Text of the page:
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Aphidinae : Macrosiphini : Macrosiphum oregonense


Macrosiphum oregonense

Western skunk-cabbage aphid

On this page: Identification & Distribution Other aphids on the same host

Identification & Distribution

Adult apterae of Macrosiphum oregonense (see two pictures below) are shiny yellow-green to green. The body and antennae are generally pale, but their antennae and tibiae are dark-tipped, the tarsi are dark, and the siphunculi are dark or dusky over their apical 0.17-0.20. The antennal terminal process is about 4.7 times the base of antennal segment VI. There are 1-4 secondary rhinaria, which are restricted to the base of antennal segment III, and the longest hair on that segment is 0.65-1.19 times the segment's basal width (cf. Aulacorthum solani, which has the longest hair on that segment 0.2-0.4 times the basal diameter). The antennal tubercles are large, slightly diverging, and the median frontal tubercle is small but distinct. The rostrum reaches to the mesocoxae, with the apical rostral segment 0.85-1.09 times as long as the second hind tarsal segment. The prothorax is usually without marginal tubercles. The abdominal tergum is only faintly sclerotized, sometimes lightly wrinkled, with marginal tubercles usually lacking. The siphunculi have 5-10 rows of reticulations apically, the part just proximal of these often slightly swollen; they are 1.13-1.45 times antennal segment III (cf. Aulacorthum solani, which has siphunculi shorter than antennal segment III). The cauda has 7-11 hairs. The body length of adult apterae is 2.34-3.74 mm. Immature Macrosiphum oregonense are paler green due to a light dusting of white wax.

First image above copyright Alex Bairstow, second image copyright Andrew Jensen,
both under a creative common licence.

Alatae of Macrosiphum oregonense (not pictured) are green with the sclerotized areas brownish, the siphunculi almost entirely brown, and the cauda at most slightly dusky. Antennal segment III bears a single row of 7-17 secondary rhinaria scattered over almost the entire length of the segment, with a short gap apically. Abdominal segments II-IV have large, dark brown lateral sclerites, with various small sclerites on most tergites, and large dark postsiphuncular sclerites, which are fused with a broad cross band on tergite VII.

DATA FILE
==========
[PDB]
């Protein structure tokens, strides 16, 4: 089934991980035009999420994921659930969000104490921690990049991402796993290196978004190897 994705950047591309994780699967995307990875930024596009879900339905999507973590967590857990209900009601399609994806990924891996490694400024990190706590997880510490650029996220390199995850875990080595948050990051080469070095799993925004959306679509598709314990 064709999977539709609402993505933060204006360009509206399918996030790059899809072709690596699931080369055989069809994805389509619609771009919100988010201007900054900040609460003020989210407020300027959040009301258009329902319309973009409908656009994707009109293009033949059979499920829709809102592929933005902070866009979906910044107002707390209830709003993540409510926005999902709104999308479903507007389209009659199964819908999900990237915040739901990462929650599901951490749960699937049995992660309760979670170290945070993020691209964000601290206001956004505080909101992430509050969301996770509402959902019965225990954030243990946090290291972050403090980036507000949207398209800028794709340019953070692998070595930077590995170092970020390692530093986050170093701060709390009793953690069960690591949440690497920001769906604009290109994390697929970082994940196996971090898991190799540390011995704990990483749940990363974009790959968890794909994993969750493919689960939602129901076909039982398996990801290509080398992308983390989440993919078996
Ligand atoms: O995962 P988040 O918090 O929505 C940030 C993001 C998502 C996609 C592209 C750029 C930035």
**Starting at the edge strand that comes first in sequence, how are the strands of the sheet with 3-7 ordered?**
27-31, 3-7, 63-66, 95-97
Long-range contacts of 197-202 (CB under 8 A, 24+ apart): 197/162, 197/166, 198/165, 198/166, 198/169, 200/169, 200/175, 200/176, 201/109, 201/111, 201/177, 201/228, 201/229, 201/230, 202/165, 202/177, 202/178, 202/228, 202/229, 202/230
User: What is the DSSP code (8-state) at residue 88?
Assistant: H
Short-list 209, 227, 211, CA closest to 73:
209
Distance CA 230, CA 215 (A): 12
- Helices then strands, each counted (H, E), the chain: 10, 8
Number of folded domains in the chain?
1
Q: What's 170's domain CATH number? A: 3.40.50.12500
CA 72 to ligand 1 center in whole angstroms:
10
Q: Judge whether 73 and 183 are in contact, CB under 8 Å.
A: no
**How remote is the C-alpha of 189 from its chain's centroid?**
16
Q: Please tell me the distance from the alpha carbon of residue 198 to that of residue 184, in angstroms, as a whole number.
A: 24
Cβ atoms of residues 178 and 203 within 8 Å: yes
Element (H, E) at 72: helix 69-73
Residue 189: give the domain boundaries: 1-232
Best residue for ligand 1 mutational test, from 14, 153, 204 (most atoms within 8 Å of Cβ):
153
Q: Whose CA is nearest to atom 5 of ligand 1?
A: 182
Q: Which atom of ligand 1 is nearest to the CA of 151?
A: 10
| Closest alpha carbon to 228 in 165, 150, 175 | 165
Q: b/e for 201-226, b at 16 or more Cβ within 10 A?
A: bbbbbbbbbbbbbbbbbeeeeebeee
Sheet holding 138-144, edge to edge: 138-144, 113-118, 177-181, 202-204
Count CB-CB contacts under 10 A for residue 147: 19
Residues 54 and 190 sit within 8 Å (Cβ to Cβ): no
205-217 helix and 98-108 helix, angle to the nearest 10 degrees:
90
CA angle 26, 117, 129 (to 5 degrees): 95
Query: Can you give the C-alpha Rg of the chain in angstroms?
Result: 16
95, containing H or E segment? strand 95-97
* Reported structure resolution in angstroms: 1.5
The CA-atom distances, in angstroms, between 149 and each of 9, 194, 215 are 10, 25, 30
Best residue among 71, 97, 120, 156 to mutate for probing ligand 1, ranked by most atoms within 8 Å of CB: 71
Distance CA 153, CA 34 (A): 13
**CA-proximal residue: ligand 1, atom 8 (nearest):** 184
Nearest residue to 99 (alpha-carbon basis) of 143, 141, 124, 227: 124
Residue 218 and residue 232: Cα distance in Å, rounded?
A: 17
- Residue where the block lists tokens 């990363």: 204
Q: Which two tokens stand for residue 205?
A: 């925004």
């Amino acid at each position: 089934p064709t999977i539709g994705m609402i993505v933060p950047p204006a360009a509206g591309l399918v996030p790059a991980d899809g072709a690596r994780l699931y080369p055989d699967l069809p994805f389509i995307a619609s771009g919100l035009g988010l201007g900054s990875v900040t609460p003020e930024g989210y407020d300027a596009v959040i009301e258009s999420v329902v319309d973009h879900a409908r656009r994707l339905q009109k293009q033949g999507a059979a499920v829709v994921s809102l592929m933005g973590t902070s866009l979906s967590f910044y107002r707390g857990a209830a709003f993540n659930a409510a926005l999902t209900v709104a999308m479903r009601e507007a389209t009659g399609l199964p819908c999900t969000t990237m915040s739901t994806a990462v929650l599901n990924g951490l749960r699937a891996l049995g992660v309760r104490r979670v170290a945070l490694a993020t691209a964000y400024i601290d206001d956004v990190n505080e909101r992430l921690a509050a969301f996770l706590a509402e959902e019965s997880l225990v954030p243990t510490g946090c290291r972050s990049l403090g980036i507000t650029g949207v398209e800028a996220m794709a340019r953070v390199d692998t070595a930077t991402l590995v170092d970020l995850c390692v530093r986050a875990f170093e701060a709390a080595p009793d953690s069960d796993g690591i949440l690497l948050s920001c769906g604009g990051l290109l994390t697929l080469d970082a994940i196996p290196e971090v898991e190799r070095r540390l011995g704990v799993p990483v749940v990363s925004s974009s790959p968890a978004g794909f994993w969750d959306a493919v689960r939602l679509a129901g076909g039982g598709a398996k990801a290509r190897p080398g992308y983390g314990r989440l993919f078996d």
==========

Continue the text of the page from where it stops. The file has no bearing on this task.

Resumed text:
Image above copyright Martin Bravenboer, under a creative common licence.

Macrosiphum oregonense is monoecious holocyclic on its host, western skunk cabbage (Lysichiton americanum, see picture above). This plant is a semi-aquatic herb with long, broad leaves, often growing in seeps, roadside ditches, and seasonally-flooded areas in Western North America. These aphids feed on the undersurface of their leaves or among the bases of the leaves near the ground. Jensen found that aphids were present on the plant even when it was completely submerged during the winter, and speculated whether this provided an overwintering site for the aphid. Macrosiphum oregonense occurs in western Canada (British Columbia), and the USA (Washington, Oregon).


Other aphids on the same host

Macrosiphum oregonense has only been recorded on 1 skunk cabbage species (Lysichiton americanus).


We are grateful to Alex Bairstow & Andrew Jensen respectively for making their images of Macrosiphum oregonense available for use under a creative commons licence; also to Martin Bravenboer for putting his image of Lysichiton americanus (Western Skunk Cabbage) in the public domain.

We have used the species account given by Jensen (2000), together with information from Roger Blackman & Victor Eastop in Aphids on Worlds Plants. We fully acknowledge these authors and those listed in the reference sections as the source for the (summarized) taxonomic information we have presented. Any errors in information are ours alone, and we would be very grateful for any corrections. For assistance on the terms used for aphid morphology we suggest the figure provided by Blackman & Eastop (2006).

Useful weblinks


  • Jensen, A.S. (2000). Eight new species of Macrosiphum from Western North America, with notes on four other poorly known species. Proceedings of the Entomological Society of Washington 102(2), 427-472. Full text